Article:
In the run-up to the event, two Ukrainian writers, who are currently serving as soldiers in the country’s army, made clear that they would cancel their own appearances at the World Voices Festival unless the Russian nationals were disinvited. Given Russia’s brutal attack on Ukraine, I have some degree of empathy if many people inside the country are not in the mood to draw a distinction between individuals and their government.1 Given the immense suffering in the country today, it is also easy to see why the event’s organizers felt that it was impossible for them to “side with” their Russian over their Ukrainian invitees. And yet Masha Gessen, who was slated to moderate the panel, was right to resign as Vice President of PEN’s board of directors in protest against a decision that, however hard-wrung and well-intentioned, is deeply illiberal and profoundly immoral.
Two things make this episode especially notable in my mind, for both show how deeply the decline of liberal principles and the fear of moral contamination have now penetrated the mainstream. The first is that an organization of writers found itself unable to uphold the distinction between a person and the nation from which they hail. Who will defend the primacy of the individual and their conscience over the call of ascriptive identity and collective guilt if an organization of writers—who should be the first to recognize humanity in all of its glorious complexity—is unable to do so?
The second is that the people who made this decision are hardly members of the illiberal left (or, for that matter, the illiberal right). Suzanne Nossel, the organization’s CEO, has a principled commitment to free speech. Ayad Akhtar, the president of PEN and a wonderfully nuanced novelist, even had the courage to subtly push back against left-wing forms of cancel culture at the organization’s gala last year. I know and respect both, and I can only begin to imagine what kind of cross-pressure they must have been under for the past few days. But principles only matter if we are able to honor them when living up to them is difficult—and if even people as thoughtful and principled as Nossel and Akhtar are unable to resist the siren call of such an evidently unjust cancellation, then the culture as a whole is in deep trouble.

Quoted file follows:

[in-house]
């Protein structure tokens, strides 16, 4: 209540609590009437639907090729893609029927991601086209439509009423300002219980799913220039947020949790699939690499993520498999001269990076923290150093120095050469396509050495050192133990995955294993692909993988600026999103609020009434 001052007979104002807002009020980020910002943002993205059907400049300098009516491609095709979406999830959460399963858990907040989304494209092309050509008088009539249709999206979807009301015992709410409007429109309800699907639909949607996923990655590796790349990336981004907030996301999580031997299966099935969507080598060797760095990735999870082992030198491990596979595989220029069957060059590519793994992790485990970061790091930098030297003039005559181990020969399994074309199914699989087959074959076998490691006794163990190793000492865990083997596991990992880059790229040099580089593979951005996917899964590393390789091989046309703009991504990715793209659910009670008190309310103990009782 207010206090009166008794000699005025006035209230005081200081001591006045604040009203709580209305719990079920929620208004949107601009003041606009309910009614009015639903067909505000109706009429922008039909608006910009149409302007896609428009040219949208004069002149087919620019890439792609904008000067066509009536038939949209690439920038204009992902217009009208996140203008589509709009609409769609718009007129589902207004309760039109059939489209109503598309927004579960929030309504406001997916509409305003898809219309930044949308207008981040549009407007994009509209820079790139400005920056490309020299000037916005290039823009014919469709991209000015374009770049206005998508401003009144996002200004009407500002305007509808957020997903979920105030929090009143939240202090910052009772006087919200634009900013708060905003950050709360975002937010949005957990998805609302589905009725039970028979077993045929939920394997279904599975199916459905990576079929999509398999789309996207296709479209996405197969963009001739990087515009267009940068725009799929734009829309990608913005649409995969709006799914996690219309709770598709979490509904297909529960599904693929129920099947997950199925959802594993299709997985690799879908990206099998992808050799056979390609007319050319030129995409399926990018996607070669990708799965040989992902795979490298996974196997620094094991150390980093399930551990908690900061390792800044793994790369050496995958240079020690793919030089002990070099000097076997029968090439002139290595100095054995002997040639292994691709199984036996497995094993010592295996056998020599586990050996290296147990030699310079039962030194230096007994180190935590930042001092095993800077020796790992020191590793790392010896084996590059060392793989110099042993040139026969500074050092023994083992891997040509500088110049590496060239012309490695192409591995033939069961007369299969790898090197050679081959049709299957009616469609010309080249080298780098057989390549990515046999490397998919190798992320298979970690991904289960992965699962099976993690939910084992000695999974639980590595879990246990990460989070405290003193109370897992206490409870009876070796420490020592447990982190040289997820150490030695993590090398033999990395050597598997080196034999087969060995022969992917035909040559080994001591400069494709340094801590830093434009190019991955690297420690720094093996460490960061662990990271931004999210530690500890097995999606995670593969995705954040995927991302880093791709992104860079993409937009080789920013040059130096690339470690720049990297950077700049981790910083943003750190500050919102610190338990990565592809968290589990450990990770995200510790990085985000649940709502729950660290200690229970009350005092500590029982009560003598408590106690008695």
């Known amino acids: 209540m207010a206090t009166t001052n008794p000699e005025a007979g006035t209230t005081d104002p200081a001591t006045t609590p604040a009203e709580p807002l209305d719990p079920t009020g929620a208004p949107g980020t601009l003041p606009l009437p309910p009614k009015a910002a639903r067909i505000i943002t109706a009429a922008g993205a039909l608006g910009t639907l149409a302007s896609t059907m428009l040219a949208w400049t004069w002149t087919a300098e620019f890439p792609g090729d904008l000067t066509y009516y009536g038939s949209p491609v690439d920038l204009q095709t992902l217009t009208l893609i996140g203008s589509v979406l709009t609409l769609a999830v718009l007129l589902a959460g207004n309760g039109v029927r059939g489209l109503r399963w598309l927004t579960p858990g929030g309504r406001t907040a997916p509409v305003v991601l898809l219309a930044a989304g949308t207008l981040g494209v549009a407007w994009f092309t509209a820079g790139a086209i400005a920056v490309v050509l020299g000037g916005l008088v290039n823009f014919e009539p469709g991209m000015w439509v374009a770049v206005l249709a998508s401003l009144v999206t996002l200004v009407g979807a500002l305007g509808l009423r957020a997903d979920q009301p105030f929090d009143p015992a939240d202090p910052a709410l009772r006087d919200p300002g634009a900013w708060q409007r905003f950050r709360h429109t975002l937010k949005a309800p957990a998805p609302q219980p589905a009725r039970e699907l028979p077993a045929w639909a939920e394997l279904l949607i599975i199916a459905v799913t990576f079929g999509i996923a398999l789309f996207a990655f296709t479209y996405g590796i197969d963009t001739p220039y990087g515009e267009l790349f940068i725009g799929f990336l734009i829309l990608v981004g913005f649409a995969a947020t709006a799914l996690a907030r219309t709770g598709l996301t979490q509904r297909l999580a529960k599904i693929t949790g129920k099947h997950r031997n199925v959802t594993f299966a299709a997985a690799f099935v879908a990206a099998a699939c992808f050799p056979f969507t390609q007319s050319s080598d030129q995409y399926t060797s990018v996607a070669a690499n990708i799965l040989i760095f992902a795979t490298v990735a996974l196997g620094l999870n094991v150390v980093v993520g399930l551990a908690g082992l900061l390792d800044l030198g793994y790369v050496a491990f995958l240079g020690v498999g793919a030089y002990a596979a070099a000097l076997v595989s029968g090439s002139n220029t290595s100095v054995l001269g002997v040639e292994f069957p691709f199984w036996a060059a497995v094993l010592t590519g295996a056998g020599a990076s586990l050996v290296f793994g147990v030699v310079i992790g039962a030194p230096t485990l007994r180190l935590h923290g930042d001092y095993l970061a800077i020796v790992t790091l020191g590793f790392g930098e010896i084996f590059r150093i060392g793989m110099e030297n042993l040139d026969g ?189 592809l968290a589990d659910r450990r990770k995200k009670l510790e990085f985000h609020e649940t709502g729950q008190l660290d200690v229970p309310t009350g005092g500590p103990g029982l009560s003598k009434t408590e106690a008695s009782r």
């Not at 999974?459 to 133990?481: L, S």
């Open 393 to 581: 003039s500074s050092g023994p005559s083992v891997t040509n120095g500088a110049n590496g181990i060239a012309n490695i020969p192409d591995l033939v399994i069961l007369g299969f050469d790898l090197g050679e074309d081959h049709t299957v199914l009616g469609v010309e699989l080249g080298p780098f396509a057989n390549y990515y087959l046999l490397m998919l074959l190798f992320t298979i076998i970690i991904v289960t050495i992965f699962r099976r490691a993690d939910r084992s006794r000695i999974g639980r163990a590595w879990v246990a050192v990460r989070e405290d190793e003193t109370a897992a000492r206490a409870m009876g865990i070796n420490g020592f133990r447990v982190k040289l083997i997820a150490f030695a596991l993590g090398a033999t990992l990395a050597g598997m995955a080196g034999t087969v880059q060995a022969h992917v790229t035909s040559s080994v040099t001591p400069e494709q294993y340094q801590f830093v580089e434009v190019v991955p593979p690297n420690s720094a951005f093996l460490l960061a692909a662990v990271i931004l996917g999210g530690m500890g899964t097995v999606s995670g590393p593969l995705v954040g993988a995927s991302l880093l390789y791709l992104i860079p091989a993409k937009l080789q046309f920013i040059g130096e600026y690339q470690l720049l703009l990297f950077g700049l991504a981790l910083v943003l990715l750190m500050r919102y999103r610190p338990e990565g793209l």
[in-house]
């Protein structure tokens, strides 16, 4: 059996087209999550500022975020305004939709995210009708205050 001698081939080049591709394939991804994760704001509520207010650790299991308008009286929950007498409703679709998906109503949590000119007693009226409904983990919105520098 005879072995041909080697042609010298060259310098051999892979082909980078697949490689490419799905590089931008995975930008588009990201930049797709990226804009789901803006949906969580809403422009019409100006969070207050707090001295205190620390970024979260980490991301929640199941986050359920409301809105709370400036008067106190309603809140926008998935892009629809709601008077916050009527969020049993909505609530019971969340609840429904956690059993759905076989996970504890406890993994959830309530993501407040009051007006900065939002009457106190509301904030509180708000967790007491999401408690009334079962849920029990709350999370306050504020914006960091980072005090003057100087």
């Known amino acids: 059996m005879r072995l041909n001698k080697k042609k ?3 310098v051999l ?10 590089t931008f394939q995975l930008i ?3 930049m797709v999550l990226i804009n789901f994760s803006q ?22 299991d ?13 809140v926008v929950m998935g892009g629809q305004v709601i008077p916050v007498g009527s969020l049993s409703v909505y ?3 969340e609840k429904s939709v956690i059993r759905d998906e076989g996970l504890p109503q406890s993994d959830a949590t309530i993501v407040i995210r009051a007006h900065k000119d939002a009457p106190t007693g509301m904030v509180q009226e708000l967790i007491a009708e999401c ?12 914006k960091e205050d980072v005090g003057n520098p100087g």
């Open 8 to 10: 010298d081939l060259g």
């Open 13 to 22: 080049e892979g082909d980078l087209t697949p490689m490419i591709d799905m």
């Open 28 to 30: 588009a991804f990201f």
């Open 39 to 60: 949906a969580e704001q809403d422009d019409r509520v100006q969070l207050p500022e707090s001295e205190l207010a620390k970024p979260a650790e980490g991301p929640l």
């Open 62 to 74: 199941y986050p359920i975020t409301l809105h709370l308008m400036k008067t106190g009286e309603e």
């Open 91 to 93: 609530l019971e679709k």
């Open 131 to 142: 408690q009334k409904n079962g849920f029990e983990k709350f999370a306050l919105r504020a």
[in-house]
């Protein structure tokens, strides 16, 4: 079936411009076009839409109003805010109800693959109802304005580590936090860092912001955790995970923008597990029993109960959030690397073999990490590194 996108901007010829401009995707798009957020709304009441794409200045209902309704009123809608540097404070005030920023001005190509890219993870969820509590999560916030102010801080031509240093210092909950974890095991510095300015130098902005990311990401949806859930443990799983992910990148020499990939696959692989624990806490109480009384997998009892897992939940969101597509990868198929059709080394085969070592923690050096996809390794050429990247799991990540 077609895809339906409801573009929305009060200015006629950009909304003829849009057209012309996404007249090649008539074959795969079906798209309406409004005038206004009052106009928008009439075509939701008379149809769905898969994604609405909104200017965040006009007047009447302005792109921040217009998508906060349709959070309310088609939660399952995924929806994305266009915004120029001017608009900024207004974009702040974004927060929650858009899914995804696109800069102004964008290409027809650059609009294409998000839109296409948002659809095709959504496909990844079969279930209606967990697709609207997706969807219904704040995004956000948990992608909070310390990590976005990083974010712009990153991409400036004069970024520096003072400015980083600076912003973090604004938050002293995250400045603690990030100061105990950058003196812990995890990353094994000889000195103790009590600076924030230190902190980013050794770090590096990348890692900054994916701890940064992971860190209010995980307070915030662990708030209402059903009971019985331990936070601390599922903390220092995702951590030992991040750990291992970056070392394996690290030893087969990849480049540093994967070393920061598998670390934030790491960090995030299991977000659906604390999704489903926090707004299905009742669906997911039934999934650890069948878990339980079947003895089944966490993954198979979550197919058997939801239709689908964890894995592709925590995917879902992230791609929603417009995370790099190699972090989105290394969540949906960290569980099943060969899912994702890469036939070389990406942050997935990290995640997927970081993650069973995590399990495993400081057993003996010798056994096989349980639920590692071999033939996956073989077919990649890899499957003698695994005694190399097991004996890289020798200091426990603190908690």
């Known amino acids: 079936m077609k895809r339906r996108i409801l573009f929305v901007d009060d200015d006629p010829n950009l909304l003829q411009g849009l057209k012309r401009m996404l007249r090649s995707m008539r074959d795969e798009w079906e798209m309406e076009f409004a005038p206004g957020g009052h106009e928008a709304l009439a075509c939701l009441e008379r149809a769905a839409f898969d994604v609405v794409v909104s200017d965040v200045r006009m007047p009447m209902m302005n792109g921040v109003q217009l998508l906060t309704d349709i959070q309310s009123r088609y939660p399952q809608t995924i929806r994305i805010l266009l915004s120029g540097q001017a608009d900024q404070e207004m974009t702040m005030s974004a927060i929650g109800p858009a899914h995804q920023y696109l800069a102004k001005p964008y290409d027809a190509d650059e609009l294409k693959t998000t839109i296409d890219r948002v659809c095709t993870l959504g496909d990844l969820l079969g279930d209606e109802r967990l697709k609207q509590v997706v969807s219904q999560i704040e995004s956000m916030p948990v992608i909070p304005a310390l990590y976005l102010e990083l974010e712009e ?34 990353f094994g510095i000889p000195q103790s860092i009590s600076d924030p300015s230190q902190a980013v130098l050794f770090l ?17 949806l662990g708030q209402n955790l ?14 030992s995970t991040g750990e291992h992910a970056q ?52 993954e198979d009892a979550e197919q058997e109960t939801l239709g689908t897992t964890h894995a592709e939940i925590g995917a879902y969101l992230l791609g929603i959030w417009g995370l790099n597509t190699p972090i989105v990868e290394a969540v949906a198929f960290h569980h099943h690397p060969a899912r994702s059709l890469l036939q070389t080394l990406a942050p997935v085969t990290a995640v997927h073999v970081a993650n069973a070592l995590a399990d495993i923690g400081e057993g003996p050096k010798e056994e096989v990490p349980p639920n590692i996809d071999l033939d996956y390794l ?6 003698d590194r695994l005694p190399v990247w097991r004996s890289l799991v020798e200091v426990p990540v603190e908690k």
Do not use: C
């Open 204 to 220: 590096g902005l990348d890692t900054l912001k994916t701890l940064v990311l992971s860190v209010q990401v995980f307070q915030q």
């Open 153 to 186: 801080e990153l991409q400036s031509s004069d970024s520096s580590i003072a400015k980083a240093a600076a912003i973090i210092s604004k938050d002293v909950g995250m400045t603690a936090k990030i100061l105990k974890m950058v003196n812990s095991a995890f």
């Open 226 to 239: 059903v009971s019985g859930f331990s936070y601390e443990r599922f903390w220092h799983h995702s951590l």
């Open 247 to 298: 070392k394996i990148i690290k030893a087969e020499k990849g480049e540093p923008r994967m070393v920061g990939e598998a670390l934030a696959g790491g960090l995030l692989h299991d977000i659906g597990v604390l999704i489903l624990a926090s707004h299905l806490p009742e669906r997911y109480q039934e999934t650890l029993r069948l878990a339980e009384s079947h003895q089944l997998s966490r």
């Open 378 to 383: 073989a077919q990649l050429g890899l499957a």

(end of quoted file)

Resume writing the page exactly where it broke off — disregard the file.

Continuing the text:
It would have been absurd to disinvite Thomas Mann and Marlene Dietrich from public appearances during World War II because of the nation into which they were born. It is no less absurd to banish exiled Russian writers who have publicly opposed Putin’s regime at great risk to their own safety today. But even at a time when there is starting to be some heartening pushback against the most flagrantly illiberal customs in establishment institutions, that sadly seems like a harbinger of the new normal—one in which the fear of moral contamination counts for more than liberal principle or the complexity of the individual.
Yascha Mounk is the founder and editor-in-chief of Persuasion.
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At one point, the Ukrainian writers claimed that “they could face being barred from returning to Ukraine or facing repercussions upon their return.” However, one of them also told The New York Times that “I think the only consequence would have been my guilt before all the people murdered and tortured by the Russian army.”